Option S - Split 6-7 / 8-9

  • Schools would be structured as follows:

    VHHS: 10th - 12th
    LP Middle: 6th - 9th
    Berry: 6th - 7th
    Pizitz: 8th - 9th
    Gresham: K - 5th
    VHEE: K - 5th
    VHEW: K - 5th
    VHELP: K - 5th
    VHECH: K - 5th

Pros (Blue text reflects pros identified during community engagement meeting on 11/7/17)

    • It alleviates overcrowding at VHHS.
    • It accommodates projected growth at all schools.
    • It creates room for growth at Berry and Pizitz.
    • 6th graders would not be on the same campus as 9th graders on the Highway 31 Corridor.
    • It will lessen school traffic on the Highway 31 Corridor.
    • Classroom additions to the Berry campus would not be required.
    • It provides the potential for more athletic fields at Berry.
    • Gresham is currently used as a K-5 school and would be more functional as a K-5 facility than Pizitz.
    • Transportation is more convenient for Liberty Park parents of 9th graders than the current 9-12 structure.
    • Transportation is more convenient for Cahaba Heights parents of 9th graders than the current structure.
    • Traffic at the high school would be decreased by moving 9th graders off campus.
    • 9th graders would have less exposure to some of the behavioral and social pressures that are prevalent among older teenagers.

Cons (Blue text reflects cons identified during community engagement meeting on 11/7/17)

    • 6th grade students will be in the same building as 9th graders at Liberty Park. 
    • It creates an additional school change for students/parents during middle school years. 
    • There will be additional costs in staffing two schools (Berry 6-7 and Pizitz 8-9) instead of one (Berry 6-9). 
    • A classroom addition would be required at Gresham.
    • It will be costly and difficult to provide equitable instructional and extracurricular opportunities across two 9th grade campuses.
    • Transportation for 9th graders from Liberty Park and Berry to 9th grade extracurricular activities will be costly and difficult.
    • It will delay the integration of 9th grade students into a unified 9th grade class.
    • It creates an additional carpool destination for students and parents west of Highway 280 during middle school years.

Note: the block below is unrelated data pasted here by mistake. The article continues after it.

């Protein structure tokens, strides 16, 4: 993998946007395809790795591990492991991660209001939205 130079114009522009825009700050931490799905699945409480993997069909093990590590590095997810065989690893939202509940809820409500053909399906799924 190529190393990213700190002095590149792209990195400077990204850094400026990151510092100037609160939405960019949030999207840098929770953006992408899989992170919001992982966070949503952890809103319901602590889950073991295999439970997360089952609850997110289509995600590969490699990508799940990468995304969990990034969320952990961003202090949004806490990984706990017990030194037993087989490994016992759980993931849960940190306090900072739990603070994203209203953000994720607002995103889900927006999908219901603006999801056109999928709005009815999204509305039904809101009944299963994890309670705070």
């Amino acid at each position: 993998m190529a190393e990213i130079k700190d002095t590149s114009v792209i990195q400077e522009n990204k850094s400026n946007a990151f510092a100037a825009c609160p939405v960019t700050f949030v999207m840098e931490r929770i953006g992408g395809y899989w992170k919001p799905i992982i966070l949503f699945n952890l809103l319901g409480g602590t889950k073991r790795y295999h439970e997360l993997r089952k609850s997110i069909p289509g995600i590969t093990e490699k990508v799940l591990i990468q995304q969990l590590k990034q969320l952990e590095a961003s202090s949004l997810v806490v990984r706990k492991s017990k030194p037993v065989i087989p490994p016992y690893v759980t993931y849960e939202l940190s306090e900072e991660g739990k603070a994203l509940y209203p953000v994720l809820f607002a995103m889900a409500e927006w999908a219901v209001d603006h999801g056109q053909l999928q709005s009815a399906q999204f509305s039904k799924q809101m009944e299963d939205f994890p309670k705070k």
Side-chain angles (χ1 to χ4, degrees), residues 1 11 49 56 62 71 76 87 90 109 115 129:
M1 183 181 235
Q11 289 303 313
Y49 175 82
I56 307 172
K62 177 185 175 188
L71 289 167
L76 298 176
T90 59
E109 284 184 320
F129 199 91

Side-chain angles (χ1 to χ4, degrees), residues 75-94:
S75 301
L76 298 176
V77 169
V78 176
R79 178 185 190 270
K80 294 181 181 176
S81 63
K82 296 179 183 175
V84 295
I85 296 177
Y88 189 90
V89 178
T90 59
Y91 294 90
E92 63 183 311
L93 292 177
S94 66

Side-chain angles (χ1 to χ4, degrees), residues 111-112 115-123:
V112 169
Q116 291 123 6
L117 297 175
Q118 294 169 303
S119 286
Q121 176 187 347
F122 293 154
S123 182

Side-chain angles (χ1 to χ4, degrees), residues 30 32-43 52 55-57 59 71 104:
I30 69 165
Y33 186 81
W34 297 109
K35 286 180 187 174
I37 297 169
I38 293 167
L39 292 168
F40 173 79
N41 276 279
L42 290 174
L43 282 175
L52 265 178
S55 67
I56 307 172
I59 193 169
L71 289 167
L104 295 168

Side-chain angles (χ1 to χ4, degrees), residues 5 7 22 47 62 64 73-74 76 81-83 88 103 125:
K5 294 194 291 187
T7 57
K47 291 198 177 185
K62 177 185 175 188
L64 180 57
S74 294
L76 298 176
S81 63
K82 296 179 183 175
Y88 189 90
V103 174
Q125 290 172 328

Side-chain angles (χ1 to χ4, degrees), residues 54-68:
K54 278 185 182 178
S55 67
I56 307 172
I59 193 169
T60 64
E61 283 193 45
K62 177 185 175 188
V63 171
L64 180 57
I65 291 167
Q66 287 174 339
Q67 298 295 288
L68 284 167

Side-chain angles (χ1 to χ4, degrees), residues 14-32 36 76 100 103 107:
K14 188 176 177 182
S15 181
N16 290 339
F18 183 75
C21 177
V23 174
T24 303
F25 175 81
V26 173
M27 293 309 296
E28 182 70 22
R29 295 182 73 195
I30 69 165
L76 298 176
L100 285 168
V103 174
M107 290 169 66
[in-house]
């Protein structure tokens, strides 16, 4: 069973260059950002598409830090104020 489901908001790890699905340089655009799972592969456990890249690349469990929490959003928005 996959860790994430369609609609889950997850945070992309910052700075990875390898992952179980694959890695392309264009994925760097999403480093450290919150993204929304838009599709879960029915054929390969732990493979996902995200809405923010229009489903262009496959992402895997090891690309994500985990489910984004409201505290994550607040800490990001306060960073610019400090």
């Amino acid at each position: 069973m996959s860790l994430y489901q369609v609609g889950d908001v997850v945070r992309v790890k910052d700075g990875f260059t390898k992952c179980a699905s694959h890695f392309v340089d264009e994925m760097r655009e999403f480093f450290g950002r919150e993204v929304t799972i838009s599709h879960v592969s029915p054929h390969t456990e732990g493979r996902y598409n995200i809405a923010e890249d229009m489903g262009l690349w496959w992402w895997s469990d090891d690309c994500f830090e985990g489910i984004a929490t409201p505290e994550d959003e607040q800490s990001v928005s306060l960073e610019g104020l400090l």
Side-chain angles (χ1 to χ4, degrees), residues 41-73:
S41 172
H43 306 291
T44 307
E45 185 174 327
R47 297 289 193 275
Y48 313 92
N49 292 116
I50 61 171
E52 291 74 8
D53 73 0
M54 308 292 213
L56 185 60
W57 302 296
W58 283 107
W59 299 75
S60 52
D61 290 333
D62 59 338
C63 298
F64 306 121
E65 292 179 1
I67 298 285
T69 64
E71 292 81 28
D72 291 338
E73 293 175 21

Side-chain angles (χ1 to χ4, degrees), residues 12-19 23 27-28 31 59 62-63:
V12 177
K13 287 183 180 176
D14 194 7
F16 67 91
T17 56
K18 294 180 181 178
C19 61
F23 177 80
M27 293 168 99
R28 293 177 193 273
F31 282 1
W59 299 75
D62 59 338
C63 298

• Depending on individual student situations, the age span between 6th and 9th graders could be greater than 11-15.
    • Parking may become more difficult at Liberty Park Middle School due to the presence of an additional grade.
    • The middle schools would not share a common structure.


  • Q: Has any thought been given to making all elementary schools K-6?

    Yes; that option was considered by the Board last year but was not chosen.


    Q: Would this plan require rezoning of elementary attendance areas?

    Yes. All three options will require rezoning of elementary attendance areas. Once the Board has reached a decision in December regarding the structure of schools, rezoning discussions will begin. As that process proceeds, there would be opportunities for public engagement with a decision anticipated in spring 2018. Any rezoning plan that is adopted by the Board would not take effect until the opening of school in the fall of 2019. While it is understandable that personal preferences for attendance zones are important to individuals, they cannot be the determining factor for school restructuring options that affect all students.


    Q: What would be done about 9th graders who are taking advanced courses?

    If this option is chosen, this issue would have to be addressed for students at the 8-9 center at Pizitz and for 9th graders at Liberty Park Middle School.


    Q: What would be the student-teacher ratios under all three options?

    Student-teacher ratios in all three options would be driven by the school system’s goals for class size. By providing adequate classroom space, we expect student-teacher ratios to remain at or below current levels.


    Q: What are the relative costs of each of the three options?

    The current Board-approved plan is the most expensive in terms of estimated staffing, operating costs, and construction; Option S is approximately $2 million less expensive than the current Board-approved plan; Option 9 is approximately $7 million less expensive than the current Board-approved plan; this is primarily because 9th grade additions would not be required at Berry and Liberty Park Middle.


    Q: Can construction at Gresham begin while Jefferson County Schools continues to use the school for its own students in 2018-19?

    Yes. The ability to begin construction at Gresham is a part of the contract being considered by both Boards of Education.